Infrastructure is an integral part of our daily lives. We need it to light and heat our homes and to take us to and from work – and wherever else we need to go. In the same way that we own our homes as investments, we should similarly own infrastructure as well. It is effectively a hedge against increases in our cost of living, in that an increase in the cost of infrastructure services would be offset by an increase in the value of our investment.
The “Great Recession” of 2008 to 2009 caused a significant drop in government tax revenues and resulted in some of the highest government deficits since World War II. At the same time, a large proportion of infrastructure in developed countries is now at the end of its useful life and should be replaced. However, large government debt levels and deficits mean that government spending on infrastructure is not likely to increase faster than historical rates, which is what is needed.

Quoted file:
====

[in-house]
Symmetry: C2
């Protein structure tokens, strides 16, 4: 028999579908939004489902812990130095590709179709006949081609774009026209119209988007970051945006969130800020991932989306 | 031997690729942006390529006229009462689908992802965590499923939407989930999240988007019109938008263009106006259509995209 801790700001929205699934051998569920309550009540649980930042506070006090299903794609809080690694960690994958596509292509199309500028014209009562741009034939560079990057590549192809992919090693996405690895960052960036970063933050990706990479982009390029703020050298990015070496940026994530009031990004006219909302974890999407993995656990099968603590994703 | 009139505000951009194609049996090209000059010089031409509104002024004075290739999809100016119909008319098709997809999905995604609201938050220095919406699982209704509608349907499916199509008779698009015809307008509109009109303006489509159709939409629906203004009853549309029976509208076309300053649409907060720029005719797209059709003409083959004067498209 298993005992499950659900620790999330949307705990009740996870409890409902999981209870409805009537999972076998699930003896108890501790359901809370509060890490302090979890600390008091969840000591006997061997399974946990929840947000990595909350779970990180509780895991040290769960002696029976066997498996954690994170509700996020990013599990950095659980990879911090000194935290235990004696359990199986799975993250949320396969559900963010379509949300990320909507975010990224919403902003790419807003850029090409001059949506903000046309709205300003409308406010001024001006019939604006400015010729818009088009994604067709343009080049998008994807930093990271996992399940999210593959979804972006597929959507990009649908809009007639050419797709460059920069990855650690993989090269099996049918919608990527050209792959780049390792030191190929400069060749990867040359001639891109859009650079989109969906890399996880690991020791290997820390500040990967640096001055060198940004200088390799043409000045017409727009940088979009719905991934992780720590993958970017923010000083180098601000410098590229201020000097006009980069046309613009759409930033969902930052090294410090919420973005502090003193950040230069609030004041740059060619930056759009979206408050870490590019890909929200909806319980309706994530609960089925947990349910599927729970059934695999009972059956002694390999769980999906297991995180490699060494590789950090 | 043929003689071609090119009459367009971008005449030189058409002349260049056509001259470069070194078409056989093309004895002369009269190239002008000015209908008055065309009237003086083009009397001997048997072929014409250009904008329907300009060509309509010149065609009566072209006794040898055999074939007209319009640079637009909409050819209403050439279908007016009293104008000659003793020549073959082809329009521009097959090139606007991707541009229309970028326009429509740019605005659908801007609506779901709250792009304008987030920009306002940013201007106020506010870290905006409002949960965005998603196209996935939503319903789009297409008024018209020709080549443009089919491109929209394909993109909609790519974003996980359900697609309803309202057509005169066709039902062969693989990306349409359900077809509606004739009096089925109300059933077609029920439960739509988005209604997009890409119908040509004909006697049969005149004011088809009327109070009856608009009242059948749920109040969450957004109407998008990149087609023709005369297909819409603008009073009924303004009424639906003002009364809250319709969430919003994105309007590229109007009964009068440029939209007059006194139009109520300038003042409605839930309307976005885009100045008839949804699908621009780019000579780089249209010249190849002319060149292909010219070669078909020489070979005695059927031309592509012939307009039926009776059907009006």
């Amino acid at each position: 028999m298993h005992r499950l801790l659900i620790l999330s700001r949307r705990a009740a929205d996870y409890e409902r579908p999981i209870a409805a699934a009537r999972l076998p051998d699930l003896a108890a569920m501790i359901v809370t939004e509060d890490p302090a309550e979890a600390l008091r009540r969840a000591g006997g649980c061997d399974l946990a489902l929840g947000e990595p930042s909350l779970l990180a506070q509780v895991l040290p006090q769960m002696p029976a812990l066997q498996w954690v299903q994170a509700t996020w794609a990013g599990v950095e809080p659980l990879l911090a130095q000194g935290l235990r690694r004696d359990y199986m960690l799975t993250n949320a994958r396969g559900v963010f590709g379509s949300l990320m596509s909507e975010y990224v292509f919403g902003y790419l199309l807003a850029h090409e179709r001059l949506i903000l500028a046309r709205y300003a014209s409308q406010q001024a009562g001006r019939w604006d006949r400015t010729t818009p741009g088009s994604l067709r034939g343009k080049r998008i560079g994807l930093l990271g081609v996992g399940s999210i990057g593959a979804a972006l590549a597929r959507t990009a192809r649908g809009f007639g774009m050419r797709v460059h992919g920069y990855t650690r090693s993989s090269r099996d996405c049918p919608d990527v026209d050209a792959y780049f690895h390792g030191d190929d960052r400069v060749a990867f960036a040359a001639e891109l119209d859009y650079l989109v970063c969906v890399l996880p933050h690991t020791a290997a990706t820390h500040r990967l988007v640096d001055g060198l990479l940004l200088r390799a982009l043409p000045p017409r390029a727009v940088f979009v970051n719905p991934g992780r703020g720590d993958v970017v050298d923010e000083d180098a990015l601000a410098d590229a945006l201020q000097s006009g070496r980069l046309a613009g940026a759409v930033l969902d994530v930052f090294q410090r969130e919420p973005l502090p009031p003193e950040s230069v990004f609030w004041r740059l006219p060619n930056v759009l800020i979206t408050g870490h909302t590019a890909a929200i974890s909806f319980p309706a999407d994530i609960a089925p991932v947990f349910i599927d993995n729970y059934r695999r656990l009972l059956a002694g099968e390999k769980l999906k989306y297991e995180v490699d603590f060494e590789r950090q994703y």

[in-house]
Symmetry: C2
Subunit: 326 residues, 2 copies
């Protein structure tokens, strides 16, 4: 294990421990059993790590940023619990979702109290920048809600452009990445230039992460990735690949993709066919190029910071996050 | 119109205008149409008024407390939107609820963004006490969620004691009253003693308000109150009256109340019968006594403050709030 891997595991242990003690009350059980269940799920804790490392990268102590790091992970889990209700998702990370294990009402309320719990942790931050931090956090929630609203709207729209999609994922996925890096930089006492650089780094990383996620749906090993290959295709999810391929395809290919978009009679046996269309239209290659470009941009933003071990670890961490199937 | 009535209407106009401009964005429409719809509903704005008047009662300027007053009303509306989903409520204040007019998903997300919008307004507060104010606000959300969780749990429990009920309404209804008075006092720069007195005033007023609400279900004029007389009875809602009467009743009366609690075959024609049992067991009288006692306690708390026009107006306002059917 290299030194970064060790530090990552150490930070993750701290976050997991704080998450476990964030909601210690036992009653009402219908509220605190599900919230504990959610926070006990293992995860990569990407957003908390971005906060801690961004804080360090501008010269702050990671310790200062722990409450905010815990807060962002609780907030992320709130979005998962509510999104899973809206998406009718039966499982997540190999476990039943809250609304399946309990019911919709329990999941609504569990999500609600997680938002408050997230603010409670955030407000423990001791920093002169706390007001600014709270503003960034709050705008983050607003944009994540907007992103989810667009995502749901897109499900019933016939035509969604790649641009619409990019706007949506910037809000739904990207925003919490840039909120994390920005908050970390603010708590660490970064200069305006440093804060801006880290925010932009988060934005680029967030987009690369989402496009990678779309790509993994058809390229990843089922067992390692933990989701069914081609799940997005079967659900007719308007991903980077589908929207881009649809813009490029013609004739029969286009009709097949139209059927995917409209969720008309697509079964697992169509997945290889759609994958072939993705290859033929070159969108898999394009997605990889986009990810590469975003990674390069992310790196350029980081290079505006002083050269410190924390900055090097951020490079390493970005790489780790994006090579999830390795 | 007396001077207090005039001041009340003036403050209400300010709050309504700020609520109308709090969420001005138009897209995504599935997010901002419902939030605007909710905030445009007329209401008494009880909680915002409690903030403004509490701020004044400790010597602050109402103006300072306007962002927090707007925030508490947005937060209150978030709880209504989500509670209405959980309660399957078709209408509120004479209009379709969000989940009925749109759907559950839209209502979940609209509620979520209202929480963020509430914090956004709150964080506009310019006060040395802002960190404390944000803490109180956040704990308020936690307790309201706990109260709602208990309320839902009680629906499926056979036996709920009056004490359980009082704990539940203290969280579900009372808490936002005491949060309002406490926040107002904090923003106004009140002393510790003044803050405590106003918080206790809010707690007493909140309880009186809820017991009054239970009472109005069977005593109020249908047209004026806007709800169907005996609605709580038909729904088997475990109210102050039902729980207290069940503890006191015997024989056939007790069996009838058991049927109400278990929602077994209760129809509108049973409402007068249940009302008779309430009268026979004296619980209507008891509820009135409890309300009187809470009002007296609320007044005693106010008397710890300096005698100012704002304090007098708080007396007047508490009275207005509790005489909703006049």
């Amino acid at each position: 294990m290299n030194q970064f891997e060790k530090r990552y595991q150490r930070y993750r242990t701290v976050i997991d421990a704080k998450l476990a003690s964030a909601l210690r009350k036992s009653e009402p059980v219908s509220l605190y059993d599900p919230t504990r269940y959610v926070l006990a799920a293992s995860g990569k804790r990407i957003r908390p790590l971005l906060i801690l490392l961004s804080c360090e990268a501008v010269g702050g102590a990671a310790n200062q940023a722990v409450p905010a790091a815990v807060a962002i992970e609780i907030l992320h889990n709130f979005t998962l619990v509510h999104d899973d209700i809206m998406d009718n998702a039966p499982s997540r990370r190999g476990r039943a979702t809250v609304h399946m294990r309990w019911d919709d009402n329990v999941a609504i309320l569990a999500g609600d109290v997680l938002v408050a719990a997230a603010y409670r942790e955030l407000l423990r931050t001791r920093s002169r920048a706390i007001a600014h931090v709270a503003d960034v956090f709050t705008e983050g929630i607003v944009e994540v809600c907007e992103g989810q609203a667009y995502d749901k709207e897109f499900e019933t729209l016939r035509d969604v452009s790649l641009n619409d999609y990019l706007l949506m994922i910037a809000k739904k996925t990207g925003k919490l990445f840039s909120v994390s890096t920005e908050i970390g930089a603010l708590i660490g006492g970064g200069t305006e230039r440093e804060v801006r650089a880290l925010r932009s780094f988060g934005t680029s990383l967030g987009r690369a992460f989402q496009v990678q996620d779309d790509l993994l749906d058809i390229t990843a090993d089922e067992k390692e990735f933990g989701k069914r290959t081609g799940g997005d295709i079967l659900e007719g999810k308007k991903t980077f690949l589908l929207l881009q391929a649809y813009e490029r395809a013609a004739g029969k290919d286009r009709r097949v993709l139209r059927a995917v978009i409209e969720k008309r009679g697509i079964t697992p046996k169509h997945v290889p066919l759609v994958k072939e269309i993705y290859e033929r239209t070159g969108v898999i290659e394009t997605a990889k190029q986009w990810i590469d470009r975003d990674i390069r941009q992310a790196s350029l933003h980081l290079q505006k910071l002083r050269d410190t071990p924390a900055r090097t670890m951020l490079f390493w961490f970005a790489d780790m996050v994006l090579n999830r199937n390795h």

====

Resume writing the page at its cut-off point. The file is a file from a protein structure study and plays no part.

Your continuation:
Furthermore, emerging markets have a substantial infrastructure deficit, both in terms of capital and technical expertise. The Chinese government alone has invested RMB4 trillion ($586 billion) into infrastructure over the last few years, while India is estimated to need to double its infrastructure spending to $1 trillion over the next five years to 2016 to 2017 in order to achieve its intended 10 percent annual growth rate.
The increasing need for private investment into infrastructure has transformed the asset class into a sizeable and established sector which investors should include in their portfolios. The sector provides an attractive option for investors, especially in the current low interest rate environment, because operational assets often generate a high and stable cash yield compared with other asset classes, and revenues often have some linkage to the rate of inflation.